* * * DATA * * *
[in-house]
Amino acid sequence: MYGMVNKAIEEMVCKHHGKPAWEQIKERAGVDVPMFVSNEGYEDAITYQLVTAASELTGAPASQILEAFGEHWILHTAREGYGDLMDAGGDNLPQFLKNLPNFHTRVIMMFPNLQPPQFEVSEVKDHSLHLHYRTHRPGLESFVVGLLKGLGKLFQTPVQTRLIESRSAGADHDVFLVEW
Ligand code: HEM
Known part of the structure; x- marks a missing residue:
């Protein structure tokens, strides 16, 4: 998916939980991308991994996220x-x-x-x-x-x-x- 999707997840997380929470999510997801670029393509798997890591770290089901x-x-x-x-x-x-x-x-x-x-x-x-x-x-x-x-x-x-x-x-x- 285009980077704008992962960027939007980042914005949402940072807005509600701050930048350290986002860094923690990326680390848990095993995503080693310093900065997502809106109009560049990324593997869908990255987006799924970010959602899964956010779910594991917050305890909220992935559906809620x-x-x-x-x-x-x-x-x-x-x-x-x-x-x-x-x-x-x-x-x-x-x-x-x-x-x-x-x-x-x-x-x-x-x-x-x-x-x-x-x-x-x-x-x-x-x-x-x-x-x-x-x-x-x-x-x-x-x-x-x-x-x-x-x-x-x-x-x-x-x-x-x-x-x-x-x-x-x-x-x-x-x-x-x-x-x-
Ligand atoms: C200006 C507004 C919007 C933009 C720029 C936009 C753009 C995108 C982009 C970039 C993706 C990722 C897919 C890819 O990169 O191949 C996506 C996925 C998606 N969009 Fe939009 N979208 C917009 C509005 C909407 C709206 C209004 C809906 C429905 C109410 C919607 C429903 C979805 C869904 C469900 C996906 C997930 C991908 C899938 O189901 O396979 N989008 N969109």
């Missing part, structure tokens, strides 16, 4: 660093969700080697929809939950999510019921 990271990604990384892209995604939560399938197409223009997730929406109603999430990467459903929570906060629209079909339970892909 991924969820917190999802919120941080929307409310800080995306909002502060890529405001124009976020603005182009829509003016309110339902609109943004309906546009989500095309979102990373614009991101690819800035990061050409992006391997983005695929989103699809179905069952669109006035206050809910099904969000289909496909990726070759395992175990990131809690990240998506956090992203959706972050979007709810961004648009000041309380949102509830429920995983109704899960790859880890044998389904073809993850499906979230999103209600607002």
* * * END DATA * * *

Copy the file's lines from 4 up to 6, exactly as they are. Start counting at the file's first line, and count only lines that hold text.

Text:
Known part of the structure; x- marks a missing residue:
């Protein structure tokens, strides 16, 4: 998916939980991308991994996220x-x-x-x-x-x-x- 999707997840997380929470999510997801670029393509798997890591770290089901x-x-x-x-x-x-x-x-x-x-x-x-x-x-x-x-x-x-x-x-x- 285009980077704008992962960027939007980042914005949402940072807005509600701050930048350290986002860094923690990326680390848990095993995503080693310093900065997502809106109009560049990324593997869908990255987006799924970010959602899964956010779910594991917050305890909220992935559906809620x-x-x-x-x-x-x-x-x-x-x-x-x-x-x-x-x-x-x-x-x-x-x-x-x-x-x-x-x-x-x-x-x-x-x-x-x-x-x-x-x-x-x-x-x-x-x-x-x-x-x-x-x-x-x-x-x-x-x-x-x-x-x-x-x-x-x-x-x-x-x-x-x-x-x-x-x-x-x-x-x-x-x-x-x-x-x-
Ligand atoms: C200006 C507004 C919007 C933009 C720029 C936009 C753009 C995108 C982009 C970039 C993706 C990722 C897919 C890819 O990169 O191949 C996506 C996925 C998606 N969009 Fe939009 N979208 C917009 C509005 C909407 C709206 C209004 C809906 C429905 C109410 C919607 C429903 C979805 C869904 C469900 C996906 C997930 C991908 C899938 O189901 O396979 N989008 N969109």